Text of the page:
Leon Martell is an educator, writer, actor, director and co-founder of the Duck’s Breath Mystery Theater. This production troupe has performed live on stages across the country, National Public Radio, PBS and FOX Network. As a writer, he has written numerous award-winning plays, including Hoss Drawin, STEEL – John Henry and the Shaker and Bea[u]tiful in the Extreme. He has also written for the Los Angeles Philharmonic’s Youth Concert Series and for the Summer Sounds Series at the Hollywood Bowl. As an actor, Leon has worked with numerous renowned actors in both American and Italian films. As a director, Leon’s eclectic work ranges from new plays to new opera. With Overtone Industries, Leon directed, String of Pearls, in concert at Carnegie Hall and the magic extravaganza, Steve Wyrick: Magic to the Extreme, for the Sahara casino in Las Vegas. He holds an MFA from the University of Iowa and teaches creative writing at the Writers’ Program at UCLA, where he was named Outstanding Instructor of the Year.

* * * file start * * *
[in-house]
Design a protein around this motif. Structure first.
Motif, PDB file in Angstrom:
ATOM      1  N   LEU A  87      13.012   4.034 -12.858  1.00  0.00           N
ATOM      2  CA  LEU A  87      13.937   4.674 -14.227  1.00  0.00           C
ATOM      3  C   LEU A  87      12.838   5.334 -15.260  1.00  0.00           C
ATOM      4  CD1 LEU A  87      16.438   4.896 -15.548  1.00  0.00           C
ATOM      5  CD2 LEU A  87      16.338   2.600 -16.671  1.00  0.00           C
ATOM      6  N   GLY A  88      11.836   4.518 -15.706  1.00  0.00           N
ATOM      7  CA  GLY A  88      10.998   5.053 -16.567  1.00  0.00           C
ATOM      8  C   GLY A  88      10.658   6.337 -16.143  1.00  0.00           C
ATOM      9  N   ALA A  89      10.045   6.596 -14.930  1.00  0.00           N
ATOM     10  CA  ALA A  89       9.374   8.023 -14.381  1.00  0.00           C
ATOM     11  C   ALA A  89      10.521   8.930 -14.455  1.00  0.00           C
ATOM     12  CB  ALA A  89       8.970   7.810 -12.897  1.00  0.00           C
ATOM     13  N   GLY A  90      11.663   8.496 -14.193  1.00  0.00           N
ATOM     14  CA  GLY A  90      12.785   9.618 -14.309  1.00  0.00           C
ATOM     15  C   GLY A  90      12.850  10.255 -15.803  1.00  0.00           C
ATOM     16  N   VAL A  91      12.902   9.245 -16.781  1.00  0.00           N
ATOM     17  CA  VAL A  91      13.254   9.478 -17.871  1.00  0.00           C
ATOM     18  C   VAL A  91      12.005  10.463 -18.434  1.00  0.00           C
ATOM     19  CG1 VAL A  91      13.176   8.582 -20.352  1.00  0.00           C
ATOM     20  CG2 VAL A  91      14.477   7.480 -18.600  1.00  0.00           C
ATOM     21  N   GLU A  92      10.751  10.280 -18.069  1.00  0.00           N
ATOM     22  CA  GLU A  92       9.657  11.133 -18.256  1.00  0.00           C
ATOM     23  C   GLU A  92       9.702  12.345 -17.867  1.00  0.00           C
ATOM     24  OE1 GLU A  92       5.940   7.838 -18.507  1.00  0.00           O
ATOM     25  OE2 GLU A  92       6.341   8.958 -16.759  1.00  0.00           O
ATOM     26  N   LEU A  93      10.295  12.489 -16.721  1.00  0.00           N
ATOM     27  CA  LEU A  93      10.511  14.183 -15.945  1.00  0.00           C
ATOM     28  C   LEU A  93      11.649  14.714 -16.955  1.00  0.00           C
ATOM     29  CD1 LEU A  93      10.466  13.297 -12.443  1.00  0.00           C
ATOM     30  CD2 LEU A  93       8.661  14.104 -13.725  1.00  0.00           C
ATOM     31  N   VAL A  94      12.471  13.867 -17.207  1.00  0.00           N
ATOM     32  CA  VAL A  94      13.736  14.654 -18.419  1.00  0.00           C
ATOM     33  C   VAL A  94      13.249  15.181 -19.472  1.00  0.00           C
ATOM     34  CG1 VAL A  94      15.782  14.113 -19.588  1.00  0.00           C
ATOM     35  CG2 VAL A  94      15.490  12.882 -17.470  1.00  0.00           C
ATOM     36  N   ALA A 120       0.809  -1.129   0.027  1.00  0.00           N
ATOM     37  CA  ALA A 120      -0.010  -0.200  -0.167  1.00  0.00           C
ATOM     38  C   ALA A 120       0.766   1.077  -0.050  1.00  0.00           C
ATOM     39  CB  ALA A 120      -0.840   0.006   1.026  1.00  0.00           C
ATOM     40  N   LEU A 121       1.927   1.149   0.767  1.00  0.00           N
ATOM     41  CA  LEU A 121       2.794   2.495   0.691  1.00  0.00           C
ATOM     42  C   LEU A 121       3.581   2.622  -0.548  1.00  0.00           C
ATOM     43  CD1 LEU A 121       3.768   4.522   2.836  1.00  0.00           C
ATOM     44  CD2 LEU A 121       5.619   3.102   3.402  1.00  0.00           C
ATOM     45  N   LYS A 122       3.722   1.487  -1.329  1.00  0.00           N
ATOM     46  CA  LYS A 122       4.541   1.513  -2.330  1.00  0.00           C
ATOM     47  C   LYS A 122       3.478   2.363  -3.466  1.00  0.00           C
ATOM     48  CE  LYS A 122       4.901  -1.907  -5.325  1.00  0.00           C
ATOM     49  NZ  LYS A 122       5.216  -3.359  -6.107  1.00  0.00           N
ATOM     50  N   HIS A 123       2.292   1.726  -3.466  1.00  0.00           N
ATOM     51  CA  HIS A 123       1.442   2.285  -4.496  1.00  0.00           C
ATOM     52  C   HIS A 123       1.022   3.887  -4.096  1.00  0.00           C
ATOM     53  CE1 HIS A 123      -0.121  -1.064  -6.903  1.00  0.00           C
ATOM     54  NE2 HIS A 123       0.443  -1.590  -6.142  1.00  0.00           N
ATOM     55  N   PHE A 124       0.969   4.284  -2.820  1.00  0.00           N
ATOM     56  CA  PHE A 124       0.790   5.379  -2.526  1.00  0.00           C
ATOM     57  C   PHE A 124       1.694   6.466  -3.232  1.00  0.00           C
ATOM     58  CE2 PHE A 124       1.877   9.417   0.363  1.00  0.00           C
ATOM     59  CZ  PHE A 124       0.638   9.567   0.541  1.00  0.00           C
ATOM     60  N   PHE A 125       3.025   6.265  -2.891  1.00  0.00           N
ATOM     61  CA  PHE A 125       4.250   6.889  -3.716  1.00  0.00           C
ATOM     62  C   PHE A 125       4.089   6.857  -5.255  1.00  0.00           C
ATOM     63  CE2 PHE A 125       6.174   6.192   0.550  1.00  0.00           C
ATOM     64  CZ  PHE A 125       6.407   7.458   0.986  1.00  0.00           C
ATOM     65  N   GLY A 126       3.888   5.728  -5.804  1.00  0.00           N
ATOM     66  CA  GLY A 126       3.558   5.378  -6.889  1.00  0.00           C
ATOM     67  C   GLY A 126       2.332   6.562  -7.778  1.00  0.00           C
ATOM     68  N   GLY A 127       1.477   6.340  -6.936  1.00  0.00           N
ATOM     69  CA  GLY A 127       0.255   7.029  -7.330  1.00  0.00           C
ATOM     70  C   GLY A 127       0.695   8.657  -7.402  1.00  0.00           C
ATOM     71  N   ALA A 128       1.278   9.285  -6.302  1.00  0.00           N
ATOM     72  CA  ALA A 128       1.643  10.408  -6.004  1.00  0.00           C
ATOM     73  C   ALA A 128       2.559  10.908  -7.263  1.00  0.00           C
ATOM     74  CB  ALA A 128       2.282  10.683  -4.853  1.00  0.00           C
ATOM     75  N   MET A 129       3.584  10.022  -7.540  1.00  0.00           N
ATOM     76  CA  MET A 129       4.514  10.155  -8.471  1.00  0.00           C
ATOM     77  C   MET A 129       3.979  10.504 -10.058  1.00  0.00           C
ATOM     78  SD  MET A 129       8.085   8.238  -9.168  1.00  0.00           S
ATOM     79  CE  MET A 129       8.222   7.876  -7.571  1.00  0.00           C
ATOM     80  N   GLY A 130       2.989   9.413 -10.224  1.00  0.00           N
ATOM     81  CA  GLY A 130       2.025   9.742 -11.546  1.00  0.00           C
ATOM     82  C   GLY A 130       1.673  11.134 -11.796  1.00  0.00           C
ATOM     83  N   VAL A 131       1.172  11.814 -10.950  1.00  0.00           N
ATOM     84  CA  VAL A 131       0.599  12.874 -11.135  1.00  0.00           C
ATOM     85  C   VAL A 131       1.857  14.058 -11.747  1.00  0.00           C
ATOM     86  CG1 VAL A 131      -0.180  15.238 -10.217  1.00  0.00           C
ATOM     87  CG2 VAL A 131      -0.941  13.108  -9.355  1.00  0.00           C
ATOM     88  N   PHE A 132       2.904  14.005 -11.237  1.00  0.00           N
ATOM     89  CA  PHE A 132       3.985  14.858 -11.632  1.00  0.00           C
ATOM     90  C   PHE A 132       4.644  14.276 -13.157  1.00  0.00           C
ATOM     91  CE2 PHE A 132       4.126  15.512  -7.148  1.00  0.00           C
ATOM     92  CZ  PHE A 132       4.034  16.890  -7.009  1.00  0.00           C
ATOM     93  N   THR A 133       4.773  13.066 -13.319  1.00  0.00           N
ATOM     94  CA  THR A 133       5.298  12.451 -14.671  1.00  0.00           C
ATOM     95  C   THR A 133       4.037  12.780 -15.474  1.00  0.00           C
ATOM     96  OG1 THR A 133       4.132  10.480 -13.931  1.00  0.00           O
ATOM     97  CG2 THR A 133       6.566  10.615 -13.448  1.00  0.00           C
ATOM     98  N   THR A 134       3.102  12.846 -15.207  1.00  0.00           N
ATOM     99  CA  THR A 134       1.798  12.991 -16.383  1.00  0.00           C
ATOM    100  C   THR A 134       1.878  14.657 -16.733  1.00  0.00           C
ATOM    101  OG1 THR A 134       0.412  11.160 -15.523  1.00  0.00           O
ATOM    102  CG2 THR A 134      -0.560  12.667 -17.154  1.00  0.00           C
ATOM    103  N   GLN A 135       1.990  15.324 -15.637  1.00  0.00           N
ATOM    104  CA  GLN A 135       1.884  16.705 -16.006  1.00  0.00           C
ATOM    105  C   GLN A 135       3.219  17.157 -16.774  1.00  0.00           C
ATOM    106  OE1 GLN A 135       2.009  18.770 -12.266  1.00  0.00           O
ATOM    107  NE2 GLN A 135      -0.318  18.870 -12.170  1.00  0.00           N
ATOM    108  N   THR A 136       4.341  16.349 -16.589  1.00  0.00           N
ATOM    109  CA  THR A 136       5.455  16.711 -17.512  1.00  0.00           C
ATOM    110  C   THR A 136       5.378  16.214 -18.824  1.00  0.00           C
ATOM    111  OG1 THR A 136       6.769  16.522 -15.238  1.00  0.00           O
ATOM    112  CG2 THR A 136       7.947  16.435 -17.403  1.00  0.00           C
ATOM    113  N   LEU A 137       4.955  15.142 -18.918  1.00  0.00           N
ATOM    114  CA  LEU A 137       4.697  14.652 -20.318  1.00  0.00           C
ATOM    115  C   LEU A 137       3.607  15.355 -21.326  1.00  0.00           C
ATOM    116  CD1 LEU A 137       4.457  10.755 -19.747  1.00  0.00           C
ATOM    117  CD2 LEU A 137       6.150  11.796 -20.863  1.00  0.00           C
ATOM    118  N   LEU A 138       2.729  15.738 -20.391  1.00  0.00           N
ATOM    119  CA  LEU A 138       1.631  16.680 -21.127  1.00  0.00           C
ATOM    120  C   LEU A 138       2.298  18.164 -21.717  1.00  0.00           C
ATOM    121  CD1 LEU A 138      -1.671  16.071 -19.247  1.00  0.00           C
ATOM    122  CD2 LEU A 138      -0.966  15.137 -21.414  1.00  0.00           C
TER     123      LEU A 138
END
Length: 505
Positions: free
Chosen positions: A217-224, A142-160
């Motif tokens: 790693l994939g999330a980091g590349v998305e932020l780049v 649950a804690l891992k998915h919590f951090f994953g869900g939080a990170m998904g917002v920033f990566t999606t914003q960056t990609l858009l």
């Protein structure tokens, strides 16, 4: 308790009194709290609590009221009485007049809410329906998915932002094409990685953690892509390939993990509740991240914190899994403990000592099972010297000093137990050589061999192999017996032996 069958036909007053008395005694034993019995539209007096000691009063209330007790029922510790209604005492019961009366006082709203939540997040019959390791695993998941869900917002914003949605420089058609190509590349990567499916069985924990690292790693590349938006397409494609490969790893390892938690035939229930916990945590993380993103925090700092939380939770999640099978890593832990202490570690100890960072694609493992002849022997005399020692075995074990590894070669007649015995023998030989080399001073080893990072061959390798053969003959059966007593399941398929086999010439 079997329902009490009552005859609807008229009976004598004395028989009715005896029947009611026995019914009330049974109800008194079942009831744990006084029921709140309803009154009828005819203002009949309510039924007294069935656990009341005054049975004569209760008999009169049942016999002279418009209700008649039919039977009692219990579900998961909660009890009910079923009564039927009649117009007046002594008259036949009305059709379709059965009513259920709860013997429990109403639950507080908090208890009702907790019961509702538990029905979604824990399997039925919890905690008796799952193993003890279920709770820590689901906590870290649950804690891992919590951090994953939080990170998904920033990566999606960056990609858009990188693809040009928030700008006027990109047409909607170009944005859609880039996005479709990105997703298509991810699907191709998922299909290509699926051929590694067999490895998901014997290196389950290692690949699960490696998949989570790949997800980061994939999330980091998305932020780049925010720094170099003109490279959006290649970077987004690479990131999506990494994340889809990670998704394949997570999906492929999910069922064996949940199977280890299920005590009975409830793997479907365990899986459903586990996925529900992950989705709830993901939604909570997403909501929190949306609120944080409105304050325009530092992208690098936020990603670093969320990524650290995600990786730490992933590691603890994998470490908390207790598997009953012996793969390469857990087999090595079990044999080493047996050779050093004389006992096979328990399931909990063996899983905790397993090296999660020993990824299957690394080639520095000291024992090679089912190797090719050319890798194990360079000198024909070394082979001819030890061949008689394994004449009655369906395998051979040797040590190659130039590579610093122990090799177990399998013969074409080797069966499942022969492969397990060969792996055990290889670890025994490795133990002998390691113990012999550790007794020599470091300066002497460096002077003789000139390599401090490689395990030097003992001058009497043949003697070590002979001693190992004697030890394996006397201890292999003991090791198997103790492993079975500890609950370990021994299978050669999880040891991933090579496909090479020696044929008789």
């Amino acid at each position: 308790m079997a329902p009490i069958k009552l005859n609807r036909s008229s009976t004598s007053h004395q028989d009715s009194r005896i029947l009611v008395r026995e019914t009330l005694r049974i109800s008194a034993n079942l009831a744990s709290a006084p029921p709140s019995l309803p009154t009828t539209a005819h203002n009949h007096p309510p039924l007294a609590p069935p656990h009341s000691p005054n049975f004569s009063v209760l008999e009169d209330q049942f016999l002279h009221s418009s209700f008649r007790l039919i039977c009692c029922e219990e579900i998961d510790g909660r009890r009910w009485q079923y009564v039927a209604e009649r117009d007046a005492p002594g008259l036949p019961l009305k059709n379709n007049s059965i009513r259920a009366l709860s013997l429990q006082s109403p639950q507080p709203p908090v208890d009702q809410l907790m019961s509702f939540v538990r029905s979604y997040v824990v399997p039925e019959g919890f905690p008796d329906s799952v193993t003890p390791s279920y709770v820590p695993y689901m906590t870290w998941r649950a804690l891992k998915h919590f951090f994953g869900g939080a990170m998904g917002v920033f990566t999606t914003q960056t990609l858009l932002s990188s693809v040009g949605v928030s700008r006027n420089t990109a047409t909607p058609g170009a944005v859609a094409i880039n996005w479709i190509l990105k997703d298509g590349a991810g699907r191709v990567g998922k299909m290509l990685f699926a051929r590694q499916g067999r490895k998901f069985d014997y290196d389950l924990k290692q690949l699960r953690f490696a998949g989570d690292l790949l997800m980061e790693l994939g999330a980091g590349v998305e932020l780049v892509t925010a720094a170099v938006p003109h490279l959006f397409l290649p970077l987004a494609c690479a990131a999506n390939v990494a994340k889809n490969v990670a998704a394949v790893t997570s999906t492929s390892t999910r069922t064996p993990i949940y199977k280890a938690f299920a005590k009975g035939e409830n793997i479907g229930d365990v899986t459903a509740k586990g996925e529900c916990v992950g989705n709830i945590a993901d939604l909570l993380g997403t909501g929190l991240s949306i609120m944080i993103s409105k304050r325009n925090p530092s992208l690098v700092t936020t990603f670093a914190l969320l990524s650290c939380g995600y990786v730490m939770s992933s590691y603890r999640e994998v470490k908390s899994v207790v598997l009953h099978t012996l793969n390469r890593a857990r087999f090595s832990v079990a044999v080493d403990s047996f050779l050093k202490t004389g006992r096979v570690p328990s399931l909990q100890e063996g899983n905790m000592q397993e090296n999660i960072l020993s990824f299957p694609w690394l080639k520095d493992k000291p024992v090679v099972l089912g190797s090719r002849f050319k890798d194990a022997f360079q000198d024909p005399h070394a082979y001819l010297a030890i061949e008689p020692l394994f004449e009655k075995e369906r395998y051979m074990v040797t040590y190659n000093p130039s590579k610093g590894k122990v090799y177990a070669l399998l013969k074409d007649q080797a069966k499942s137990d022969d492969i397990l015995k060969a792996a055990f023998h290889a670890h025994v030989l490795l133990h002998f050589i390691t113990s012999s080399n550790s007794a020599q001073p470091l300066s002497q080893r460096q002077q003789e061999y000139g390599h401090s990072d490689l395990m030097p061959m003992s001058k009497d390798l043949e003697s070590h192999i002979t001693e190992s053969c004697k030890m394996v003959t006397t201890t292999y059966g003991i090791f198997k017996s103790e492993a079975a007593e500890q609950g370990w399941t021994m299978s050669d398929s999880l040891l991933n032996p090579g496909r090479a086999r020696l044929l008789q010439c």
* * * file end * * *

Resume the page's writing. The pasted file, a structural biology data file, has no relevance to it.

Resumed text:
Michael Scott Moore is a journalist and a novelist, author of a comic novel about L.A., Too Much of Nothing, as well as a travel book about surfing, Sweetness and Blood, which was named a best book of 2010 by The Economist. He’s won Fulbright, Logan, and Pulitzer Center grants for his nonfiction; Yaddo and MacDowell Colony fellowships for his fiction. He grew up in California, but worked for several years as an editor and writer at Spiegel Online International in Berlin. Mr. Moore was kidnapped in early 2012 on a reporting trip to Somalia and held hostage by pirates for 32 months. The Desert and the Sea, a memoir about that ordeal, is out now from HarperCollins. He’s covered the European migration crisis for Businessweek, and politics, travel, and literature for The Atlantic, Der Spiegel, The New Republic, Pacific Standard, The New York Times, The L.A. Times, The Daily Beast, and The L.A. Review of Books.